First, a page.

Problems exist to be solved.
Some problems are so complex that you cannot solve them when you need to. With other problems it is not a matter of complexity, but a matter of not having all the pieces of the puzzle.
Some problems are so interesting that it pays to keep them in the back of your head, just in case you ever find that missing piece that allows you to solve them.
One of those problems is that with the current LabVIEW external library interface it is impossible to execute LabVIEW VIs in a DLL through a C style function pointer.
This feature does not exist, even though lots of programmers would really benefit from it.
2 weeks ago I was active on the Visual C++ newsgroup as usual, when learned –by pure coincidence- about an advanced function in the .NET framework called Marshal.GetFunctionPointerForDelegate.
I immediately realized that this was the key to solving the old C style function pointer issue
Suppose that we have a DLL that exports a function. This function takes a function pointer as an argument, to be executed sometime later to pass some data to the calling application.
The Test DLL code
The idea is to test the ability to run a LabVIEW VI through a function pointer. To test this we need a DLL which will test this for us.
The following very simple test function has been created for this purpose.
This is the expected prototype of the callback function
typedef void (__stdcall *fSimpleCallBack)(int i);
And this is the DLL function that will perform our test:
//Test of the simple callback
void Simplefoo(int i, fSimpleCallBack cb)
(cb)(i); //invoke the callback function.
As you can see, the LabVIEW VI will be executed with the supplied parameter through the supplied function pointer.
The very first action has to be creating a .NET delegate of which the signature matches the signature of the CallBack function that is required.
Then a proxy class is created with only 2 members: an event that is based on the new delegate function, and a method called ‘GetDelegate’.
LabVIEW has the ability to link a LabVIEW VI with a .NET event. The VI prototype is generated automatically, and matches the event delegate signature.
After registering a VI for the specified event, LabVIEW uses the GetDelegate method of our proxy class to extract the registered delegate from the event. That delegate is then converted to a function pointer via the ‘GetFunctionPointerForDelegate’ method of the Marshal class.
That function pointer can then be supplied to a native function that can execute the LabVIEW VI directly through the function pointer without requiring any modification at all.
A note on GetFunctionPointerForDelegate
The documentation for this method is sparse. It seems that VS2005 and .NET2.0 were rushed out of the door without taking the time to fully document the more advanced functions and providing code samples in the documentation.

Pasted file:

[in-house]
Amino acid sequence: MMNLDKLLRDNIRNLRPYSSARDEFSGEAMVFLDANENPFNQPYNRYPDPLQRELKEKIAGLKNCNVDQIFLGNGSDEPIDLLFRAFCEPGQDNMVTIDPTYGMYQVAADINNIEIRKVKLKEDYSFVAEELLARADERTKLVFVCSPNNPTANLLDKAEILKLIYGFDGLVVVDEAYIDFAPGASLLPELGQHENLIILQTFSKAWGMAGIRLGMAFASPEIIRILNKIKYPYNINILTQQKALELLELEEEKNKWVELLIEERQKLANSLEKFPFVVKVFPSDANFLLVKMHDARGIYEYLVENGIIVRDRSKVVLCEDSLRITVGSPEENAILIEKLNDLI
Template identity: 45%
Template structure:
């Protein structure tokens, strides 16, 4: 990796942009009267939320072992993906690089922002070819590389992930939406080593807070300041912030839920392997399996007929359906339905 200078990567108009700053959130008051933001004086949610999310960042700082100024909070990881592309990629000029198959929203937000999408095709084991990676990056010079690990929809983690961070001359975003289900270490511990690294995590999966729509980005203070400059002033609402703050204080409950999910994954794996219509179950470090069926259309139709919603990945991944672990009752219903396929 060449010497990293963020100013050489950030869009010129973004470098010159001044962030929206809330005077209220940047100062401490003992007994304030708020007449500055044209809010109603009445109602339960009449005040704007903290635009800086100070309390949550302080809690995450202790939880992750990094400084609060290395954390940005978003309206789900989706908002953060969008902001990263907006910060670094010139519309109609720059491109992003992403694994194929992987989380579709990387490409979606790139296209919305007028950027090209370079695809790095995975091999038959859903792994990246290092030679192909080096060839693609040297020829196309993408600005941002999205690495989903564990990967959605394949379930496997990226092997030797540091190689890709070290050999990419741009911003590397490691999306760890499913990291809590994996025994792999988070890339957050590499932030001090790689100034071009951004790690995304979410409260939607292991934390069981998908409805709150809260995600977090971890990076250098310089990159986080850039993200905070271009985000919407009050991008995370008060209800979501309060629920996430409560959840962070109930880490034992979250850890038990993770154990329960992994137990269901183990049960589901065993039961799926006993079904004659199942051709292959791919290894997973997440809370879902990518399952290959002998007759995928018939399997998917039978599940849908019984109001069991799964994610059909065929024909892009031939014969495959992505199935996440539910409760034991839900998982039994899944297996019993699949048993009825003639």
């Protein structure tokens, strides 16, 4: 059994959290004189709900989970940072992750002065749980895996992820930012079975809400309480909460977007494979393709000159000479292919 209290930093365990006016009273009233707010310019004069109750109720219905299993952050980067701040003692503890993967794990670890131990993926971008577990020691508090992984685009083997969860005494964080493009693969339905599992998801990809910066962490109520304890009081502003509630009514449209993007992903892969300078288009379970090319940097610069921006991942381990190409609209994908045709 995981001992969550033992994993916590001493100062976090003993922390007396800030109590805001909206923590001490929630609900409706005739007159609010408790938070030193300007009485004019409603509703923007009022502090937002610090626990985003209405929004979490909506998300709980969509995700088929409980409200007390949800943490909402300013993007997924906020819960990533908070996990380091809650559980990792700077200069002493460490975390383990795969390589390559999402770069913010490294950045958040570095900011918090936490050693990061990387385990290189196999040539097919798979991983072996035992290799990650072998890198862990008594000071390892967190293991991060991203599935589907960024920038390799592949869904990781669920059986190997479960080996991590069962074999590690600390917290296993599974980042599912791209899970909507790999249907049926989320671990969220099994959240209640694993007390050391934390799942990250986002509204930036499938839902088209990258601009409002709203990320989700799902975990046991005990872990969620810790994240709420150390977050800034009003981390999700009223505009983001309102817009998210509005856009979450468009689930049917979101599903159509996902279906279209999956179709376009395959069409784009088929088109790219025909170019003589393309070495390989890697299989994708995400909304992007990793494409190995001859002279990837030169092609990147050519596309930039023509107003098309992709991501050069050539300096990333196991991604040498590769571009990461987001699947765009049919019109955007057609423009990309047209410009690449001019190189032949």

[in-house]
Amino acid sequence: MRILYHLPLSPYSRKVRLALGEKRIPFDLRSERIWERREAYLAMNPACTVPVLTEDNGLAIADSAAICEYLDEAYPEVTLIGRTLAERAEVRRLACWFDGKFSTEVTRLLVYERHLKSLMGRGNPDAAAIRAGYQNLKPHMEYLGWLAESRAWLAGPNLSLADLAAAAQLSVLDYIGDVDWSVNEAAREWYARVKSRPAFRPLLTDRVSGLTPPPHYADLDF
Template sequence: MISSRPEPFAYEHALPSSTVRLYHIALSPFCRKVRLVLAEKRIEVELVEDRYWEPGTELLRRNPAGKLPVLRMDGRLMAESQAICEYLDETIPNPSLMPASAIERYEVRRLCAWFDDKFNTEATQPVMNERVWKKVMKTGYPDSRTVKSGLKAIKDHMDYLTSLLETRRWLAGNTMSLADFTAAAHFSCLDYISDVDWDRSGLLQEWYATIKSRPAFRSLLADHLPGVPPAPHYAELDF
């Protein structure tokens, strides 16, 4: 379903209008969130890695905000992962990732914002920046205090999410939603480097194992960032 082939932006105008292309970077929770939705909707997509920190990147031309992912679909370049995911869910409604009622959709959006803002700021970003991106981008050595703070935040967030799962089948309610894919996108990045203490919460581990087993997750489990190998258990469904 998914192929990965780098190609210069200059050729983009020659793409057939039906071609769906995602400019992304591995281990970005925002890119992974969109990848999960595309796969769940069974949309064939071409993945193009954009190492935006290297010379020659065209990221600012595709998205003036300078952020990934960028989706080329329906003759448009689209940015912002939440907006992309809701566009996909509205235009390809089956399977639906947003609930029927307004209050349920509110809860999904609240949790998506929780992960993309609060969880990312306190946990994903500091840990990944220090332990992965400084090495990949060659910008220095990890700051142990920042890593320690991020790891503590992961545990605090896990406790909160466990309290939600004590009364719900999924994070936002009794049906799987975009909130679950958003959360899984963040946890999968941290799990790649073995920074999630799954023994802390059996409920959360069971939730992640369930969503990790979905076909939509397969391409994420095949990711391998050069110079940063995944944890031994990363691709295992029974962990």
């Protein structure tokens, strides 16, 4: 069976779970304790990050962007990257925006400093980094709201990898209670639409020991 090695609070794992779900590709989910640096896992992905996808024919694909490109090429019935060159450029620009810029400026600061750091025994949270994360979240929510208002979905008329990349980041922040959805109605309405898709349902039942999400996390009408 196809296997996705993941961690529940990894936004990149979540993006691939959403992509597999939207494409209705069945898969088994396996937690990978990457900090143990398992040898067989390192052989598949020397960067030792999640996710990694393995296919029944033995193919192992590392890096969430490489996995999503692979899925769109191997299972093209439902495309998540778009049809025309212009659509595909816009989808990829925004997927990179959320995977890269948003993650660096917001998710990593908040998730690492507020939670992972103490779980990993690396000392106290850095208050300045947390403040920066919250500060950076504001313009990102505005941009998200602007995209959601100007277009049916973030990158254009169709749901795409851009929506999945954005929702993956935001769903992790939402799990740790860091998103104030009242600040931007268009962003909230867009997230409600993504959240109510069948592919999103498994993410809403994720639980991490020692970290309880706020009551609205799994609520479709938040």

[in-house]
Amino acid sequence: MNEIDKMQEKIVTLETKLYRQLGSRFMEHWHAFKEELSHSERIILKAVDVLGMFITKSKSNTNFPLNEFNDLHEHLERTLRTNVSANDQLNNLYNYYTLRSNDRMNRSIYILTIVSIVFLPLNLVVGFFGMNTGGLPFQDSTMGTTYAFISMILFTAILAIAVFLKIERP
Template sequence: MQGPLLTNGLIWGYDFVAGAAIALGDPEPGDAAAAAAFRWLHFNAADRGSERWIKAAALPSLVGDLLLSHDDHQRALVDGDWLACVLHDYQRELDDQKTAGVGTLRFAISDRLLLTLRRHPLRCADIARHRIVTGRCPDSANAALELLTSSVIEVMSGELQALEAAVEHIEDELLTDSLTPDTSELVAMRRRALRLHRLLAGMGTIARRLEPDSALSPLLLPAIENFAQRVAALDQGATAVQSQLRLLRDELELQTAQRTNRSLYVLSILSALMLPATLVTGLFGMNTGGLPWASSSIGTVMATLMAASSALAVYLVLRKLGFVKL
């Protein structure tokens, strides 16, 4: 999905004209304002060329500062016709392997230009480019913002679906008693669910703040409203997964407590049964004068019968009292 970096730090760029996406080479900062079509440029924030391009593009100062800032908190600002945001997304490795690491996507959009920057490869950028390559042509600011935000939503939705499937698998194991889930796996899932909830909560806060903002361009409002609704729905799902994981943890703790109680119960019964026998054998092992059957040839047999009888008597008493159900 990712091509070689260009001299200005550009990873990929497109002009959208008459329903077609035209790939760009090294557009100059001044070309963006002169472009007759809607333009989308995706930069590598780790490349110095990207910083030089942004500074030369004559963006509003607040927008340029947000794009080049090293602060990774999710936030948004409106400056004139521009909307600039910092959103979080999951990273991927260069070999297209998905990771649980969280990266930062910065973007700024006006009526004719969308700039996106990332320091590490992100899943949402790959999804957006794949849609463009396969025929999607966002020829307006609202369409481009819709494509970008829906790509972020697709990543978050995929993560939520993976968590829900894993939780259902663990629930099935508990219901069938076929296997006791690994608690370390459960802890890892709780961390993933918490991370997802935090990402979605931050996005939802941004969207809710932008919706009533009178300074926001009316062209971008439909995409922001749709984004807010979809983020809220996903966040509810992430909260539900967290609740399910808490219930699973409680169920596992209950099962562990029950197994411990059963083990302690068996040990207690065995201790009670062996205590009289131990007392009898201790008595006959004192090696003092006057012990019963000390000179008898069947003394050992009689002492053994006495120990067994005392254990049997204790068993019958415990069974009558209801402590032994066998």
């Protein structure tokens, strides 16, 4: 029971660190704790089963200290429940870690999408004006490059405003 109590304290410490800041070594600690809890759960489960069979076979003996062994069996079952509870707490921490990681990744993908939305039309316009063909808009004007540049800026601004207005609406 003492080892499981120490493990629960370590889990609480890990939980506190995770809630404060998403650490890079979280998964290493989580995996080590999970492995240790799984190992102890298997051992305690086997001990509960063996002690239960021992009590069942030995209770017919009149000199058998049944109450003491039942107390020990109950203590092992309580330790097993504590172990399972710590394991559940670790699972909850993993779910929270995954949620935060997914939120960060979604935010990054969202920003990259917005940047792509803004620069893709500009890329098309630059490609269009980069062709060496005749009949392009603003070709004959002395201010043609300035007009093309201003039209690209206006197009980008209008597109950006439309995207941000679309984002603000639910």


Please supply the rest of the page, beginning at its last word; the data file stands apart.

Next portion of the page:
Because of this, it is easy to miss that GetFunctionPointerForDelegate returns a pointer that uses the __stdcall calling convention by default.
It is also easy to overlook the fact that you can change this.
If you need a function pointer that uses another calling convention – e.g. __cdecl – then you can achieve this by applying the UnmanagedFunctionPointerAttribute attribute to the delegate definition.
The .NET code
public class SimpleProxy
//Marshal a simple integer parameter as 32 bit integer.
public delegate void SimpleProxyDelegate(
[MarshalAs(UnmanagedType.I4)] int i);
//export an event because that is the only way we are going to get
//LabVIEW to give use a delegate.
public event SimpleProxyDelegate SimpleEvent;
//extract the delegate from the event. If there was no event
//registered, this will trigger an exception which is caught by the
//LabVIEW .NET interface node. No need to worry about it here.
public Delegate GetDelegate()
This is all the additional code you really need to make it work. The delegate function has to mirror the native callback prototype for 100%. To achieve this you have to use the MarshalAs attribute on each delegate parameter to insure correct behavior.
The event simply has to exist because LabVIEW has only 1 way to produce a delegate for a VI, and that is by registering a VI to an event.
And even then, the delegate is never directly accessible, so we have to create a ‘GetDelegate’ method that extracts the registered delegate, and returns it to LabVIEW.
As far as the .NET framework is concerned, we could simply make the event and the GetDelegate method static to remove the need to instantiate an object that we won’t need for anything else. But there are 2 reasons why we don’t do that:
- LabVIEW does not support registering VIs to static events.
- Our GetDelegate function would need way to know which delegate you want to get, in case there are multiple instances of callback VIs. Since the event is tied to an instance, it is easy enough to keep track of the events in LabVIEW.
The LabVIEW code
LabVIEW code is graphical, so I have chosen to mark the different steps in the block diagram below, and then add an explanation of each step in a numbered list.
- Instantiate a new SimpleProxy Class. We only need it to access the event. Sadly, LabVIEW does not yet support static events.
- Register a VI for the Event. The way to do this is to wire the SimpleProxy refnum to the event source and select the appropriate event. Right-click ‘VI Ref’ and select ‘Create Callback VI’. This will automatically generate a VI with the correct input and output parameters for you. This will also automatically wire a static VI reference to the VI Ref input. User parameter can be any LabVIEW type at all that you want to pass to the VI when the .NET event is triggered. We don’t need it, but if we did we would have to wire it before we generate the callback VI because it changes the VI prototype.
- Now that the event is registered, we can simply get the .NET delegate that represents the VI callback out of it.
- Use a static member of the Marshal class to get a funtion pointer to the delegate. This is where the magic happens. A native stub is generated for the delegate at runtime. The unmanaged parameter list is built according to the Marshalling attributes that were attached to the delegate signature.